Vapor barrier socks are a no-brainer for footwear – even if they are semi-permeable. I use Rocky Gore-Tex socks and write extensively about them here. RBH fleece socks (with an ultralight merino liner sock) are my favorite combination for extreme cold while wearing my current winter lightweight hiking shoes and Forty Below Overboots on snowshoe trips, or with my leather backcountry ski boots.

Really Puffy Stuff

Max has an idea of what he thinks is needed for serious winter warmth in a parka, and it’s hard to argue with him. My personal favorites are the current PhD Yukon Pullover K (we reviewed an older model here) and the Feathered Friends Helios. I like puffy pants as well, and my choice are the WM Flights.

But how about puffies for the hands?

If you’re on a budget, suffer from cold hands, and need as much warmth as possible for as little weight as possible, then the Outdoor Research Transcendent Mitt is hard to beat.

However, you’ll need to follow a few tips to get the most performance out of them:

  1. The Transcendent Mitts are for c-c-c-old temperatures –  well below freezing. They aren’t made with waterproof materials, so rain will soak them and they will be very hard to dry out.
  2. I use these only at rest stops and in camp hanging out doing nothing, or while hiking in an emergency. They are that toasty. Keeping my hands warm while moving is usually not an issue for me. When I tried these during high-aerobic activity (fast hiking, carrying a heavy pack, and snowshoeing/skiing) at temperatures near zero, my hands became very sweaty in them.
  3. Sleep with them in your sleeping bag (as long as they aren’t too wet), so any accumulated condensation in the mitt will dry by morning (and the condensation will be transfered to the outer synthetic bag layer, if you are using a 2-layer sleep system as described earliier).
  4. They work best with glove liners – something like a really thin wool or fleece fingered glove. That way, when you need to perform an activity requiring dexterity (like lighting a stove), just pull your liner-clad hands out of the mitt and you have enough insulation on your fingers even if it’s cold, wet, and windy to perform fine motor tasks for a short duration.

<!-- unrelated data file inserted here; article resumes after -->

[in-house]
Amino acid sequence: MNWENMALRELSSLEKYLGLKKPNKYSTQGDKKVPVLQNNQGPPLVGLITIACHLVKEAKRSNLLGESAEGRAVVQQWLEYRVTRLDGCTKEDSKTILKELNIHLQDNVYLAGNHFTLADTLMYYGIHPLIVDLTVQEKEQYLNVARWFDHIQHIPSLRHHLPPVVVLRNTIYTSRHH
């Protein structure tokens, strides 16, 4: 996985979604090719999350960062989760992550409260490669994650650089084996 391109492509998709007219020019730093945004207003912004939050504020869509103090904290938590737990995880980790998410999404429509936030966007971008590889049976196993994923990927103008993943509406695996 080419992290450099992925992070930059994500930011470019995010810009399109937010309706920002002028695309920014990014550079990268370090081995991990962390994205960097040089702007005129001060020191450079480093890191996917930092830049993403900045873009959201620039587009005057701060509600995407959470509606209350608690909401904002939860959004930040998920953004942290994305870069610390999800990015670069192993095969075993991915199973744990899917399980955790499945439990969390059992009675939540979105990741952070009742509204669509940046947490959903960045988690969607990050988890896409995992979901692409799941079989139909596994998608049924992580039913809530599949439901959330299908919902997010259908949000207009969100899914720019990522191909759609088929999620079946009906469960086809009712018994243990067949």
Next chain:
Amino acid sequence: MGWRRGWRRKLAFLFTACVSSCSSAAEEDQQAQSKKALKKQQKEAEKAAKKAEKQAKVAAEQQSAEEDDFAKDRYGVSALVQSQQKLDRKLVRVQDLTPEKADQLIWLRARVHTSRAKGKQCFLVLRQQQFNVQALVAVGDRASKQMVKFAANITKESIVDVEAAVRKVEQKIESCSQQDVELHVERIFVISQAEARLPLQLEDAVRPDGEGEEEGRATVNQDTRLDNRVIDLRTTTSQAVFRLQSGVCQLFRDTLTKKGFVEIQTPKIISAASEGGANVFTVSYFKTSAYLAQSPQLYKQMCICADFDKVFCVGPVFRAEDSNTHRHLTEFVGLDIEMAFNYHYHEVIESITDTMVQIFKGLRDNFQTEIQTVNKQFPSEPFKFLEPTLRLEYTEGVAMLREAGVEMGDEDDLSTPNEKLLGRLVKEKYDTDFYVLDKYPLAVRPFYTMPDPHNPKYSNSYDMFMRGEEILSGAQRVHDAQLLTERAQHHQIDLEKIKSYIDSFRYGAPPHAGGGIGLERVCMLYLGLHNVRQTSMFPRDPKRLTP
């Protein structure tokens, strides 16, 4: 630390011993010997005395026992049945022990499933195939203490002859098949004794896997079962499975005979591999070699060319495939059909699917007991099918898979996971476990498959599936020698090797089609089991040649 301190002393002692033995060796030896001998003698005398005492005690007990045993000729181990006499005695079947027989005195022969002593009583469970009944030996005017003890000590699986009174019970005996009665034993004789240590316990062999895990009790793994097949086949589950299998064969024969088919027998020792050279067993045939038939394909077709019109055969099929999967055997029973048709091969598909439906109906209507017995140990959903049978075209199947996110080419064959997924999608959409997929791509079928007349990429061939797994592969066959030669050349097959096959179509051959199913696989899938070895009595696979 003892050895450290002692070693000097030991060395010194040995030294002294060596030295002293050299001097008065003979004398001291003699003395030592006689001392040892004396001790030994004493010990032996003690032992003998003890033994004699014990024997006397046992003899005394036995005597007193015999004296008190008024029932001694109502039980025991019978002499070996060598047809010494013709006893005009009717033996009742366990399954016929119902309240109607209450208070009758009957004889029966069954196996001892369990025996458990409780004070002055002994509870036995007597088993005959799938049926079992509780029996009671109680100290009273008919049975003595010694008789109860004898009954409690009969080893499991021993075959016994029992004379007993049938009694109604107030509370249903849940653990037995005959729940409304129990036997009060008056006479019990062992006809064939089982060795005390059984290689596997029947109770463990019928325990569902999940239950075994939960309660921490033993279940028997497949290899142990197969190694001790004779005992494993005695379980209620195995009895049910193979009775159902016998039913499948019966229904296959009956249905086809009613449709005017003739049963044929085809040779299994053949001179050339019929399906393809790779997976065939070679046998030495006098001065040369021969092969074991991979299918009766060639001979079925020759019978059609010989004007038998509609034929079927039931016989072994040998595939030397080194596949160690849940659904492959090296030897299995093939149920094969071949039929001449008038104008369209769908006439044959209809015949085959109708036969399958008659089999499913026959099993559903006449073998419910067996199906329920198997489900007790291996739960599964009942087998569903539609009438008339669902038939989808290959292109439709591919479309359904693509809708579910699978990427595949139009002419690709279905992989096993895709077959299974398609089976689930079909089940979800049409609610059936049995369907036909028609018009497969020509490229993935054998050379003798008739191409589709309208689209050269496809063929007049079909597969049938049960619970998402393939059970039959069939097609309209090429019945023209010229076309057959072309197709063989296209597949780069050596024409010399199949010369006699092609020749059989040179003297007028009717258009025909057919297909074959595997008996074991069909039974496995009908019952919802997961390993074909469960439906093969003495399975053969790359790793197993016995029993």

5. They are too fragile to be a “work glove” (e.g., a ski, firewood-collecting, or bushwhacking glove).

Puffies are available for the head, too. Nunatak and Enlightened Equipment offer very light options that pack a ton of warmth for their weight. My favorite feature of a clothing system that uses a balaclava (or a hooded puffy jacket, for that matter) is that I can still use hoodless bags in the winter, which (for me) are more comfortable than trying to roll around in a hooded mummy bag.


Staying warm in the winter isn’t easy but it’s not rocket science, either. It does require a multi-faceted skillset that considers everything from managing your exertion levels to food, nutrition, and hydration to your choices for cold-weather clothing, sleep, and shelter systems.

Three strategies for getting the most performance (and versatility) include:

  1. Two-layer insulation systems that combine synthetic and down layers for insulating clothing and sleeping bags;
  2. Vapor barriers in sleep, clothing, handwear, and footwear systems;
  3. Maximize warmth-to-weight ratios by selecting really puffy products – high loft (fill-power) down combined with ultralight shell and lining fabrics.


Updated November 7, 2011